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When I first bought my farm, my vet told me that I would find myself spending more time caring for my horses than riding them. Although I have not found this to be entirely true, the routine chores required for horse care do take up much of my time and occupy my thoughts. Still, it’s a choice; being in the barn or outside working brings peace, quiet, good health, and the assurance that the horses have the things they need to live well. 

One chore I've been thinking about a lot is scrubbing buckets, a job that changes with the seasons, much like trail riding, but the urgency of the routine remains a constant for both and a way of life with horses. 

July peeks around the corner and already, we have melted on some steamy summer days. Just before turnout yesterday evening, I scrubbed the big bucket in the pasture to expel the grime that had built up in only a few days' time as well as insects, grass clippings, and other natural debris that seem to resist the force of the bristles of the brush. Summer scrubbing requires elbow grease! After a final rinse, I left the hose running in the bucket and went to the barn to fetch my eager horses. After having turned out the first one, I turned off the hose as the bucket was nearly full. On my way back to the barn, I spied my intelligent paint who went straight to the bucket to slake his thirst with the satisfying taste of fresh, cool water. I had to stop to smile as I continued my chores, gleaming with a sense of both admiration and satisfaction. While different in some ways, I thought about times when we have stopped for a drink in a stream or river on our trail rides. Drinking water, a necessity for life as important as breathing, reminds us of the elemental joys that connect us to the natural world. 

On those blistering days of summer, I often dream about my favorite riding season: fall. As the forest turns every shade of yellow, orange, and red, the air chills to a long-awaited crispness yearned for in the summer months. Harriers glide in the skies above as we bid adieu to hummingbirds and butterflies bound for points south. Surrounded by the magnificence of autumn’s bounties, my horse and I pick up the pace on our rides through the meadows as we enjoy the clean, light fall atmosphere. 

The water buckets are less challenging to clean as nothing seems to be able to grow along the insides in fall. A few leaves, like boats, float on the surface, but are easily whisked away just as the wind strips them off the trees. Crystalline water maintains its coolness despite a warm day as the nights’ darkness prevails over temperature and so much more.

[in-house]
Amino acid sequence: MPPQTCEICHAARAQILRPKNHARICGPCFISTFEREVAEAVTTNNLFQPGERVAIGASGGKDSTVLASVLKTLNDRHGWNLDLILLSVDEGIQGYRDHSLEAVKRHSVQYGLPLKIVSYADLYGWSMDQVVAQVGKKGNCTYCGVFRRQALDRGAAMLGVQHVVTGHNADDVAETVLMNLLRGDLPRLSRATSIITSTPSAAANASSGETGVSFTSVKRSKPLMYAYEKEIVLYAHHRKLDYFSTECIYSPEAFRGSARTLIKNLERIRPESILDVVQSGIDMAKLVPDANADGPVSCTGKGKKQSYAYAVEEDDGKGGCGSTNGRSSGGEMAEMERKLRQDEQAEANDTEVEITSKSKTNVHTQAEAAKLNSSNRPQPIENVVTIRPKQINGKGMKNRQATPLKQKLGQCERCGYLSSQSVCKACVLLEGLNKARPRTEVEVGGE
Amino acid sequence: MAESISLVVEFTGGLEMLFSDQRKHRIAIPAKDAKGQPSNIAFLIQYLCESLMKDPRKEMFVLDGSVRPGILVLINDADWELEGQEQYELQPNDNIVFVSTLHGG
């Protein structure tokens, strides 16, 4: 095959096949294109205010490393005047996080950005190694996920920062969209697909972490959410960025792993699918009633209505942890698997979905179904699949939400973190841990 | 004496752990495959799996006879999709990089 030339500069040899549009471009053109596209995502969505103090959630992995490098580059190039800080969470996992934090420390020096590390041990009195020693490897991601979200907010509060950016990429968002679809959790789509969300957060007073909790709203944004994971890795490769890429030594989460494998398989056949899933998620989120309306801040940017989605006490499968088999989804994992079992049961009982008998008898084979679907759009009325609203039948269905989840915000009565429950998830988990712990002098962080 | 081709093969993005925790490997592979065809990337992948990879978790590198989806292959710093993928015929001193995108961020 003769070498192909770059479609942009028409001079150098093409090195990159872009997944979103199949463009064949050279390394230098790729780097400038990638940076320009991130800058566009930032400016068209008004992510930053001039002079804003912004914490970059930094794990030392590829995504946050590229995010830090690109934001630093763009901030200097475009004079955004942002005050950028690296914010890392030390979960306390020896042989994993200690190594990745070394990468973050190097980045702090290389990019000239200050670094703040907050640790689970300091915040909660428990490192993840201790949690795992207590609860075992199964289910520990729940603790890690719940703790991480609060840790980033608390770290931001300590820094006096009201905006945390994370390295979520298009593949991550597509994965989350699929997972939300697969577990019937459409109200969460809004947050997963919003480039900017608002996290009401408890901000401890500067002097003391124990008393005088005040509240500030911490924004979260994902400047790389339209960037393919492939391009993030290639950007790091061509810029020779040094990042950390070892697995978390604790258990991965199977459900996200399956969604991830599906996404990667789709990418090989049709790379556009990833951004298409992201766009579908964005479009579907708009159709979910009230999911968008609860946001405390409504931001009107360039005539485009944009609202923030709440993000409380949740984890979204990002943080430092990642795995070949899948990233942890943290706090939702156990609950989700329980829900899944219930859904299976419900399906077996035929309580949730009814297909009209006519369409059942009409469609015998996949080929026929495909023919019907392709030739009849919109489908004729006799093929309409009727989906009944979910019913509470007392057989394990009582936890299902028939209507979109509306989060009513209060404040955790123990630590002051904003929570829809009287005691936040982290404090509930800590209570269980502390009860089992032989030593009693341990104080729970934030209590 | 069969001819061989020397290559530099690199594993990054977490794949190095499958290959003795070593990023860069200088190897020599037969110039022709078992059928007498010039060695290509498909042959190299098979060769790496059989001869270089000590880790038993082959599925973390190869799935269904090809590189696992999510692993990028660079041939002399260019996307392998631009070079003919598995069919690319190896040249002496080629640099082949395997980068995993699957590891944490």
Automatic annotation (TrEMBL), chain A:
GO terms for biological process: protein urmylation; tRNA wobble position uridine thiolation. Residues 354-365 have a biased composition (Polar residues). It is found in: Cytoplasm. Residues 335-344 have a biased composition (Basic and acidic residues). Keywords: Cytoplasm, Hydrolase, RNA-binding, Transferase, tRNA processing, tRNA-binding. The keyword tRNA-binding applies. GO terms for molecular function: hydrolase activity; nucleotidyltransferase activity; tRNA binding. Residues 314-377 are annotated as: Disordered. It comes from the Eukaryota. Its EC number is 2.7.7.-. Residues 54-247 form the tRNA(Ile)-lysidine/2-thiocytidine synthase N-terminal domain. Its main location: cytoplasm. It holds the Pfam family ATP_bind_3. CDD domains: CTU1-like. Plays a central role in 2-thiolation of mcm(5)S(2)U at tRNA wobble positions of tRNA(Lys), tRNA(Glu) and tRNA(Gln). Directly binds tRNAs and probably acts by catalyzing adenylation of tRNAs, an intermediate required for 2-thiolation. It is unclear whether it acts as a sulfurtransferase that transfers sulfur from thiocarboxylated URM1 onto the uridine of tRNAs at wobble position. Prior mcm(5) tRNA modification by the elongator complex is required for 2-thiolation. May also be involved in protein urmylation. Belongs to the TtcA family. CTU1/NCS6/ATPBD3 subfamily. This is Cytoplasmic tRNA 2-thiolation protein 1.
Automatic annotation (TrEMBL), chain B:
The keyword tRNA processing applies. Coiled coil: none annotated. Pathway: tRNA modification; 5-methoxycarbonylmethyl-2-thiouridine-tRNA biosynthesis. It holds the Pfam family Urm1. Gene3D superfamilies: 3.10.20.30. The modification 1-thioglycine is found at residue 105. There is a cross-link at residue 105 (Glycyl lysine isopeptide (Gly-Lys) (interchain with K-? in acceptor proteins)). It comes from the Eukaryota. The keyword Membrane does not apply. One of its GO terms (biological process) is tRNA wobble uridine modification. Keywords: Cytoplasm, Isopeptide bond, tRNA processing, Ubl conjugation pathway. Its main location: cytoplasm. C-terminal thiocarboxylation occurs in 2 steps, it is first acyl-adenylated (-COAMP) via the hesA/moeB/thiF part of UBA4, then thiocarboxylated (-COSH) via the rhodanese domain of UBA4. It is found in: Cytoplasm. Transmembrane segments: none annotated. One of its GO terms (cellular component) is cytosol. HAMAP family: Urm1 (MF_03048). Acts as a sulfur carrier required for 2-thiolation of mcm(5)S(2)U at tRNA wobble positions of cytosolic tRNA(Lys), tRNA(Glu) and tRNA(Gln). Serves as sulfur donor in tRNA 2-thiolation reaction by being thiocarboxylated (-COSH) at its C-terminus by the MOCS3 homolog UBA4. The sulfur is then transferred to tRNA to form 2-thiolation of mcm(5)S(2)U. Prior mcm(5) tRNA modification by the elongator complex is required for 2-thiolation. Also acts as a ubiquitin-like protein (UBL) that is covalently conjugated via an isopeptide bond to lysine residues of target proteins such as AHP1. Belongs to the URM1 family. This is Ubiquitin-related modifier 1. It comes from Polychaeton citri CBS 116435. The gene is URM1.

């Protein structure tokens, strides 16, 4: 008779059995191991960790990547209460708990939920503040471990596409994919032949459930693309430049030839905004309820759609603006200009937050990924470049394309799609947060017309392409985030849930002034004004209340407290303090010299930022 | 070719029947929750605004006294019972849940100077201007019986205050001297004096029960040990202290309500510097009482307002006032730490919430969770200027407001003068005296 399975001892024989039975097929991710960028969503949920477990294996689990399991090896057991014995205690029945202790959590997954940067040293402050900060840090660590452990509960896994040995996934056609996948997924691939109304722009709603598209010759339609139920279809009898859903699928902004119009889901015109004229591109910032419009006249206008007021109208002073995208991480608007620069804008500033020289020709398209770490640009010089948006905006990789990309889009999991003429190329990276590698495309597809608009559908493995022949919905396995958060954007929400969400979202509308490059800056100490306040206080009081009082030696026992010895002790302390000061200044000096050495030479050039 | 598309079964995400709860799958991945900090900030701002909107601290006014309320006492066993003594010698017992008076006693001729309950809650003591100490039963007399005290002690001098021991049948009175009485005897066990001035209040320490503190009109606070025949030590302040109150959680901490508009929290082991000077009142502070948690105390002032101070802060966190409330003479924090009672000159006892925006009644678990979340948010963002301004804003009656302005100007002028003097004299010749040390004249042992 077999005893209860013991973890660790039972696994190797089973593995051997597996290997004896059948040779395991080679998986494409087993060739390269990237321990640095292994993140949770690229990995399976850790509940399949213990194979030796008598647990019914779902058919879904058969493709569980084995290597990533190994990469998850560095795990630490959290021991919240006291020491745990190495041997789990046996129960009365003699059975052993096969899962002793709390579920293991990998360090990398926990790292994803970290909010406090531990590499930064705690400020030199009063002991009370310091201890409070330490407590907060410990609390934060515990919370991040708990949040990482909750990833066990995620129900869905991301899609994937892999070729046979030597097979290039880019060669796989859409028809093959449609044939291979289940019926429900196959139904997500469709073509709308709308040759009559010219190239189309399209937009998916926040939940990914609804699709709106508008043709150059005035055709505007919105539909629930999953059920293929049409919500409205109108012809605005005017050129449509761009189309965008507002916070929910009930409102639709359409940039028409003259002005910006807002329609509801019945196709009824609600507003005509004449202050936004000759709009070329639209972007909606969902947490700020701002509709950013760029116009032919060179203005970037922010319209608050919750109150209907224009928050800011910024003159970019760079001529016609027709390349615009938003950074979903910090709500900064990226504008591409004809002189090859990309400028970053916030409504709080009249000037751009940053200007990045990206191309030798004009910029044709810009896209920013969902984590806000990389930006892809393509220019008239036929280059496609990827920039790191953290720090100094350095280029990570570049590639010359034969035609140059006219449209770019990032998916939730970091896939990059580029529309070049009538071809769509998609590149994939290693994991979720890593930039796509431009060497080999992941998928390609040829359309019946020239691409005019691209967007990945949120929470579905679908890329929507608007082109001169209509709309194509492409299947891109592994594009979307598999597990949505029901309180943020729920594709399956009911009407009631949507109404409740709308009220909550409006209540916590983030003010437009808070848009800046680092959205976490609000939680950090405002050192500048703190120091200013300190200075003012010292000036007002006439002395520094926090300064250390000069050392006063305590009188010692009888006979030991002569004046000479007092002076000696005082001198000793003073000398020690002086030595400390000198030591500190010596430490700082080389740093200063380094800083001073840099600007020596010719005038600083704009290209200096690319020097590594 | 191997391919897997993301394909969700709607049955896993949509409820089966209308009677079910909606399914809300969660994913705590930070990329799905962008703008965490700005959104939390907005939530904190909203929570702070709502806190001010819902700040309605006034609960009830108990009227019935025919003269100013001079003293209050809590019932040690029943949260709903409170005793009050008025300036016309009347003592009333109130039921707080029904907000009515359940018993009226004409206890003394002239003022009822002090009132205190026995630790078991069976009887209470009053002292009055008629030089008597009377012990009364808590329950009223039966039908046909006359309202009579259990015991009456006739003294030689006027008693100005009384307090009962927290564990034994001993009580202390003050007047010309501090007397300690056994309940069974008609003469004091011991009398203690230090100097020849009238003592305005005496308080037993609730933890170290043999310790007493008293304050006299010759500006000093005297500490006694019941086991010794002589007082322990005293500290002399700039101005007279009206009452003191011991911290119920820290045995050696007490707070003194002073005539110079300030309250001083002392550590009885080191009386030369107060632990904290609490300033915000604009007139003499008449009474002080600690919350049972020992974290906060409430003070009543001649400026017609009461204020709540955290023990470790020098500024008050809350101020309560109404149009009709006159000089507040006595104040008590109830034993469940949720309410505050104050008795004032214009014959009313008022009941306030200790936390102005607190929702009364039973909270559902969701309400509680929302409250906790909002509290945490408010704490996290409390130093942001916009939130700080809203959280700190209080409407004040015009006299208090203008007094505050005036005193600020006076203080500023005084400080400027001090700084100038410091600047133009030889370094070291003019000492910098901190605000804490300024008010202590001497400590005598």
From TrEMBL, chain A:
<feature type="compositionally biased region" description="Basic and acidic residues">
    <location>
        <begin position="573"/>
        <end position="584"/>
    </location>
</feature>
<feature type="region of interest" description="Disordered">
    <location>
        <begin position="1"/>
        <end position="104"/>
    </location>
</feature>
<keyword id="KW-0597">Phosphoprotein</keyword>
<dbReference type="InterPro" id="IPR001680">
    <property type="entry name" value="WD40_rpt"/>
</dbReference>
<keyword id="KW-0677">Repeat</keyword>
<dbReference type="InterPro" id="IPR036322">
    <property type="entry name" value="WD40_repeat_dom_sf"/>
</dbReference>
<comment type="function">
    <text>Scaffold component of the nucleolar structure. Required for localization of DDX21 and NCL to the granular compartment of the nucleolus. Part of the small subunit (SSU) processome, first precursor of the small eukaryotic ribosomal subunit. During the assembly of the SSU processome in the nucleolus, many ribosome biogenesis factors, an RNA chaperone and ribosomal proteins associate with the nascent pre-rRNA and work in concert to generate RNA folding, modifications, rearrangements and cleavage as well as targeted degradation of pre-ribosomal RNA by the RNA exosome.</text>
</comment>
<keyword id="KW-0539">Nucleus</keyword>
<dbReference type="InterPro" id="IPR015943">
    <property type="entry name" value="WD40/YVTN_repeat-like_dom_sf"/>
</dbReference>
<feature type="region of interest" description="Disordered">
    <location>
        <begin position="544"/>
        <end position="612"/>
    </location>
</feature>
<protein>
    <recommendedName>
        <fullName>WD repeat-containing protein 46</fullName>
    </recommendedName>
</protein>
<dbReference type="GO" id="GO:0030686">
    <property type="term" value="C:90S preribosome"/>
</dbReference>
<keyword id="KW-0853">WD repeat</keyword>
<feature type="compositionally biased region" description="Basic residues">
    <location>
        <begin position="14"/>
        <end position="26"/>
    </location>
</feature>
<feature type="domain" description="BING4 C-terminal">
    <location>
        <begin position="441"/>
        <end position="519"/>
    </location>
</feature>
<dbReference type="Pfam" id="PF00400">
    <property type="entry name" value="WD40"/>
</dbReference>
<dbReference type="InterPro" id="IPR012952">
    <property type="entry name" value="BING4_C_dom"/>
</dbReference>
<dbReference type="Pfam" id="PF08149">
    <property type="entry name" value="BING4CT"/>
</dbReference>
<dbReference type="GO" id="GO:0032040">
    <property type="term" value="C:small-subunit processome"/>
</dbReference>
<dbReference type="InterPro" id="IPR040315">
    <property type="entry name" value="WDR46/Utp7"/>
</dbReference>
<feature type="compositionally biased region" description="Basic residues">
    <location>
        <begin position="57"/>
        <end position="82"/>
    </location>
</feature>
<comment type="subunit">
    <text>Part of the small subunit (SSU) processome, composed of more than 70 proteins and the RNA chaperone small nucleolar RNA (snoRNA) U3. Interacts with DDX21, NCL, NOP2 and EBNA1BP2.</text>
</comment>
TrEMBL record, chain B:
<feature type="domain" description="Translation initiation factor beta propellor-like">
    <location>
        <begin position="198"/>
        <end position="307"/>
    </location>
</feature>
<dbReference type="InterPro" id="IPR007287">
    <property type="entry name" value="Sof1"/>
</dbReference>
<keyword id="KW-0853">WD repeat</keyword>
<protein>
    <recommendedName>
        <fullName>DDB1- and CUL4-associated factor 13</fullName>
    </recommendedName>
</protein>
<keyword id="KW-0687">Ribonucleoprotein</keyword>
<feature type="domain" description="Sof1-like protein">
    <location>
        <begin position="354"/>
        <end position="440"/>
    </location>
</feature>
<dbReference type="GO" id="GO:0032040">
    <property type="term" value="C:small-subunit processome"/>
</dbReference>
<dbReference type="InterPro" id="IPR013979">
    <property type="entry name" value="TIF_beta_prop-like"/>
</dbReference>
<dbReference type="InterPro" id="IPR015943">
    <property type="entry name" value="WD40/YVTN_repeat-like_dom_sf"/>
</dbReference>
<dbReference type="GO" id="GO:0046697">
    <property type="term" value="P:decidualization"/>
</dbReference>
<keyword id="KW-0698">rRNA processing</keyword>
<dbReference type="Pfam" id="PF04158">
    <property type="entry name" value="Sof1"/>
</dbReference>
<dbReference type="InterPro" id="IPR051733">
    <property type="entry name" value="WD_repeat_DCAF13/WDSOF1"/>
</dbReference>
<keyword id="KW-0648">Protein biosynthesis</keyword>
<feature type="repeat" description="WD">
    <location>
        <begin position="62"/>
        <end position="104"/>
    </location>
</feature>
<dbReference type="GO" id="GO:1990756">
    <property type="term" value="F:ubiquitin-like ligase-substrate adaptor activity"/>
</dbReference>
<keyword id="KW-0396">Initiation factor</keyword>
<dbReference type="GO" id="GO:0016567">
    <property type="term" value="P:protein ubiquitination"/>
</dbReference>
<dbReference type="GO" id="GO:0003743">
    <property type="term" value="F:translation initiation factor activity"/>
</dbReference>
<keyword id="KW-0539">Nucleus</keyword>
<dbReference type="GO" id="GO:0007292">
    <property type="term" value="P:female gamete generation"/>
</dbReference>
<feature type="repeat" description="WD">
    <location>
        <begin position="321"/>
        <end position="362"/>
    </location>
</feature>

When snow comes, I am reminded of what nature writer extraordinaire, John McPhee, called “the control of nature.” Despite human attempts to take over, nature always wins, as it should. Buckets fill with snow or worse yet, they freeze. I can crack the ice fairly easily if the temperatures hover around freezing, but when they plunge into the mid-teens or single digits, I cannot crack it. This requires daily filling and emptying of new buckets. While I have some heated ones, others located far from a power source stay cold like the weather. While this is the hardest time of year to deal with buckets, in those chilling early mornings around 5 am, I am always rewarded by the sight of the moonset, a daily reassurance of beauty and time, even if the clouds shroud the sky making the glowing orb invisible to me. Often, I hear the screech owl calling eerily, but I never see him or her. Knowing about where the bird is from his or her voice must suffice. As I crack away, my wrist and hand joints and bones aching, I try to remember the importance of this routine and the privilege of being out in the world just before daybreak. I look forward to my rides in the snow, grateful to my steed for the extra work of traveling through the snow. 

By March, having lived for many years in northern New England, I am ready for spring, an end to cracking ice and the thrill of new growth and birth filled with hope and faith in the possibilities of life to come. Everything changes on our trail rides. The ground cover returns, buds appear, and the smell of things changes completely. The buckets are easily cleaned and cooled once again. 

In summer, next spring seems far away, but holds its promises. I will still be scrubbing buckets, reveling the natural world around me, and my horse and I will always be off on another adventure. 

Katharine MacCornack
Published on 2020-06-29